For a good long while after we robbed the hives, we would set the processing equipment outside during the day for the girls to help clean. And clean they did! The honey ladened equipment was pretty much spotless when they finished with it. Each day they would meet us in the front yard, looking for some piece of equipment with a little honey on it. Now that it's all gone, they still come up to the house and beg. It's very unbecoming, and we've told them about it. But we're having a hard time breaking them of it. The little hussies.

We're still upset over losing half our hives. I can't help but feel we really let them down. I can only hope we can take all we've learned this first year and do a much better job next year. That's the goal. It's tempting to open up the hives and check them every day now. But I know that's unreasonable and would probably make our otherwise very tame little honey bees a little pissed at us. I just pray we can get them safely through this winter.

Bee Happy,

Sunday, October 21, 2007

Down Two Hives - Just Like That

We robbed honey last month, and we had five relatively healthy hives. We knew three of them were rather weak, so we didn't rob from them. But we inspected them all, and they seemed fine. The food boxes were filled and we saw no cause for alarm. Just the month before the Dept. of Ag. guy came out and did a thorough hive inspection - everything was fine.

Imagine our surprise and sadness when we went into the apiary to winterize our five hives and found that two of them had died. Dead. No sign of life, other than the honey robbers. We are really in shock and disappointed. I just can't imagine what happened.

Given the apparent short period of time it took for this to occur, Colony Collapse Disorder does pop into our minds. I guess we'll call the Dept. of Ag. this week and let them know what happened. If it is CCD, I suppose the Dept. of Ag. are the people to keep track of it.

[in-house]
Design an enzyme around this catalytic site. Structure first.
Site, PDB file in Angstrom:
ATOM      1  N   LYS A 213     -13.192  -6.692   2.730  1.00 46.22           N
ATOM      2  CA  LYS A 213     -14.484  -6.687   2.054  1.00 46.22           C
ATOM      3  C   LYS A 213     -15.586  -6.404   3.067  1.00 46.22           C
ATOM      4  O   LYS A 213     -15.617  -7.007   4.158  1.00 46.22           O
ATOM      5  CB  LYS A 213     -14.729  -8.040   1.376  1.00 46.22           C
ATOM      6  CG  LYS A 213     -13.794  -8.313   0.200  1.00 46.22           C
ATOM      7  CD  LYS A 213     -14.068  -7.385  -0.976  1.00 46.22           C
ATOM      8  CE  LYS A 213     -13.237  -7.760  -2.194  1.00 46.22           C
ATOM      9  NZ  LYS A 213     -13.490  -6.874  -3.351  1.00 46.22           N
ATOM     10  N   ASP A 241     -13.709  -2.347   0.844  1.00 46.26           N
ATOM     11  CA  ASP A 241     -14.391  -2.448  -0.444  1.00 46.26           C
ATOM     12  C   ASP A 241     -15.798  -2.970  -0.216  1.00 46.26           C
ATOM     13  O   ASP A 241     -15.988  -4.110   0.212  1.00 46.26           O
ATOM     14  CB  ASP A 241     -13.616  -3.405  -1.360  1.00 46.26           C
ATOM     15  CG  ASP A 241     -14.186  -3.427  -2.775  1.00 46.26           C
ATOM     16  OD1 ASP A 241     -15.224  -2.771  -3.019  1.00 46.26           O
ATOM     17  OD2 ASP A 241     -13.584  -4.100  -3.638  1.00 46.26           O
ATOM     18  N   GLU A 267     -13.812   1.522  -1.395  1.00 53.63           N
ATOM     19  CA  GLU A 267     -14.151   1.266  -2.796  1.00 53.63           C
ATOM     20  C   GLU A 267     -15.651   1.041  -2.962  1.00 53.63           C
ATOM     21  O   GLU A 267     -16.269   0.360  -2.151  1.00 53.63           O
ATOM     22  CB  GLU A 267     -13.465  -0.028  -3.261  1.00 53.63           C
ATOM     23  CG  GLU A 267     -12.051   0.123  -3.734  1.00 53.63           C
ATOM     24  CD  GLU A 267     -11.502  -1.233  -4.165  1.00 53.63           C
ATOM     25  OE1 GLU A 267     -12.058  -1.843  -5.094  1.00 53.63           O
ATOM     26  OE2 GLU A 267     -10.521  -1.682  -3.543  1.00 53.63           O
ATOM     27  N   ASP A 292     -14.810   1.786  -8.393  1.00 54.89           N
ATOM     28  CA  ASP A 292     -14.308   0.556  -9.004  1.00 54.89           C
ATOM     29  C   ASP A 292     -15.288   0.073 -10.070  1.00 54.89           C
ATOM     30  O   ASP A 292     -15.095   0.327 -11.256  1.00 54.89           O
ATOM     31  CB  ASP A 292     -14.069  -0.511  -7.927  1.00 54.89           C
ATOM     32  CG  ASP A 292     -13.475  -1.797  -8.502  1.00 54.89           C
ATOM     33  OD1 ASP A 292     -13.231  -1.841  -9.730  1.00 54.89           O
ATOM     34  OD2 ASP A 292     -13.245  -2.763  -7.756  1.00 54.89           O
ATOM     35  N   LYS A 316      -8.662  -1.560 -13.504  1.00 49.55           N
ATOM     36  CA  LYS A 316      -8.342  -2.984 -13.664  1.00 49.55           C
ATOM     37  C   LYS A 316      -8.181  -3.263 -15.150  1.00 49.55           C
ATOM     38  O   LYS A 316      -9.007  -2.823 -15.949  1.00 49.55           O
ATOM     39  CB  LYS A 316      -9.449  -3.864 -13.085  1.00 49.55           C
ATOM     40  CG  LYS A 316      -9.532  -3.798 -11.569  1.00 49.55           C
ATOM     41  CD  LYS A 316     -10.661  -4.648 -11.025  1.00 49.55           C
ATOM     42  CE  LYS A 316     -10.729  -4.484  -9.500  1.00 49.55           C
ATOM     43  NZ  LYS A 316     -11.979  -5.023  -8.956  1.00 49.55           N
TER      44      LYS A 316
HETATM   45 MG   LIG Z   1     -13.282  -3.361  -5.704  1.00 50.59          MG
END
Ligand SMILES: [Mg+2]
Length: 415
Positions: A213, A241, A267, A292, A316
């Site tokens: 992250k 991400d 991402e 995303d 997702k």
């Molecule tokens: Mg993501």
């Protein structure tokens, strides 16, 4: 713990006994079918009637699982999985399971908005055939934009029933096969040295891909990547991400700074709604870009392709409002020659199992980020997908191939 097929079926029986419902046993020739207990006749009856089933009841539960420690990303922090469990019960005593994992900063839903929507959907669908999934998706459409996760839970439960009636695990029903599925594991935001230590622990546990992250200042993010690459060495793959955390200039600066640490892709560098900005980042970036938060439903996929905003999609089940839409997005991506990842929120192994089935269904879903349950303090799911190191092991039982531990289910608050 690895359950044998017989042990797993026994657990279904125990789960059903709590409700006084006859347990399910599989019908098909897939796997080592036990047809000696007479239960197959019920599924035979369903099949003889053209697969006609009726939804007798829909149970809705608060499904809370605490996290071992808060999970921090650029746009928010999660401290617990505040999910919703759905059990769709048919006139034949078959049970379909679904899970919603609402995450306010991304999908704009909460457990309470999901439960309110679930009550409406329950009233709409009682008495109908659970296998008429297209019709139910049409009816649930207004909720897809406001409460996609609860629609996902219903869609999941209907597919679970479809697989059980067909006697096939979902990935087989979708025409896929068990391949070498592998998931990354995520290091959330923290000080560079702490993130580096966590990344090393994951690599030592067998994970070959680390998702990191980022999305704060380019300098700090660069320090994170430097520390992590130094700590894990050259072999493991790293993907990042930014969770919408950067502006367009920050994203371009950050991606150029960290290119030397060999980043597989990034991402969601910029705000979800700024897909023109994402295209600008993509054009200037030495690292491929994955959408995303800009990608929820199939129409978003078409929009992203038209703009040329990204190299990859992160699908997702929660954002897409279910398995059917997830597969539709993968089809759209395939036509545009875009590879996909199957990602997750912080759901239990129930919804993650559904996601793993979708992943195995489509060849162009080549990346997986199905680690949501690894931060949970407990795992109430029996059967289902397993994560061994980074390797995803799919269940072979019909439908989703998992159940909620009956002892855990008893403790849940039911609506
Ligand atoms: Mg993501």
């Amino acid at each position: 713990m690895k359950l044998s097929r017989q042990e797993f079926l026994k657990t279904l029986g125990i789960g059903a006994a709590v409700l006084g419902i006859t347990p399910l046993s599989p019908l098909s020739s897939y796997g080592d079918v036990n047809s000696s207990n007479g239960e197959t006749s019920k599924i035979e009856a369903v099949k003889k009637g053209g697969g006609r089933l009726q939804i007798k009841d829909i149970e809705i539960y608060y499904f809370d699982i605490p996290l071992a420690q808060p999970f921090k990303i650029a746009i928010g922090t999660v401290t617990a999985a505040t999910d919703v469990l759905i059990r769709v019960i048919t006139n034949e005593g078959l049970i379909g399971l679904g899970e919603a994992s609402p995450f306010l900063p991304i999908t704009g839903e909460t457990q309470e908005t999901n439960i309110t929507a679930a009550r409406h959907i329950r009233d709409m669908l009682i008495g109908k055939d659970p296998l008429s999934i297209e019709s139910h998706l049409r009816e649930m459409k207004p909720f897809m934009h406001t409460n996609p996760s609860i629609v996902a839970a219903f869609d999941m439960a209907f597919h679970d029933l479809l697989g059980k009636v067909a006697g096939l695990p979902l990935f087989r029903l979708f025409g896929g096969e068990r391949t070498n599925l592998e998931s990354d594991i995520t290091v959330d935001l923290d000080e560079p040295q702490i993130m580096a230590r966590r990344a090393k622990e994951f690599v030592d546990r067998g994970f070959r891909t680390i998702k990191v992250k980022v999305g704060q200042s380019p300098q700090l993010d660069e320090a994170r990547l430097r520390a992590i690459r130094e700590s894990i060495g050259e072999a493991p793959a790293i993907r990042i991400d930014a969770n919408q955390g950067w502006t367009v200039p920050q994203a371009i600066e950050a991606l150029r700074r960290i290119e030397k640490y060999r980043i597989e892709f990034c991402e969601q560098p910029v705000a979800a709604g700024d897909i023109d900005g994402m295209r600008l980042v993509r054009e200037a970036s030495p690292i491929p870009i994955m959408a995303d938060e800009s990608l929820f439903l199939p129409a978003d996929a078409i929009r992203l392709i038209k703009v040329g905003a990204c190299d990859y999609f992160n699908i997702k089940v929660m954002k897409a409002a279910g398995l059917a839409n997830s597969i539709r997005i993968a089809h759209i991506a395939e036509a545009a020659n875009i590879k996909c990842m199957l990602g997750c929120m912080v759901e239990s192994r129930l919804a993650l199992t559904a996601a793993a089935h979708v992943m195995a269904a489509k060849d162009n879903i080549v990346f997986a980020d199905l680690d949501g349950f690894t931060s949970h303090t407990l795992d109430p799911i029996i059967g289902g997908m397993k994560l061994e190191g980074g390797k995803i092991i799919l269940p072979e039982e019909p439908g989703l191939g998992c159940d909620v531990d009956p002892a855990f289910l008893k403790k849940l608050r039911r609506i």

We also found mites on a few of the bees in the remaining 3 colonies. Not many - but enough for us to start treating them with Apistan. Additionally we saw little tiny black spots on the porch of each - this is sometimes a tell-tale sign of a type of dysentery that bees can get - and it can be fatal. So we also added Fumagil to their sugar water.

Each of them is being fed now. We put a gallon of 50/50 sugar water in each hive. When it gets colder, we'll up the percentage of cane sugar.

It really breaks my heart that we've lost half our hives this year. Poor little bees. They work their little tails off and every time they turn around something is trying to kill them. We are hoping that next year we can capture a couple of swarms and get the apiary buzzing again with more hives.

I can not describe the joy these girls can bring into your life. Just learning about their fascinating lives is amazing. Watching them and getting to know them is rewarded with entertainment and awe. And I can't even describe the taste of honey taken from your own hives.

It's our first year with bees. We've certainly had our ups and downs. But I wouldn't trade having our hives for anything. And I hope that maybe one or two of you reading this will consider getting hives of your own. There is nothing on earth like it!

Bee Happy,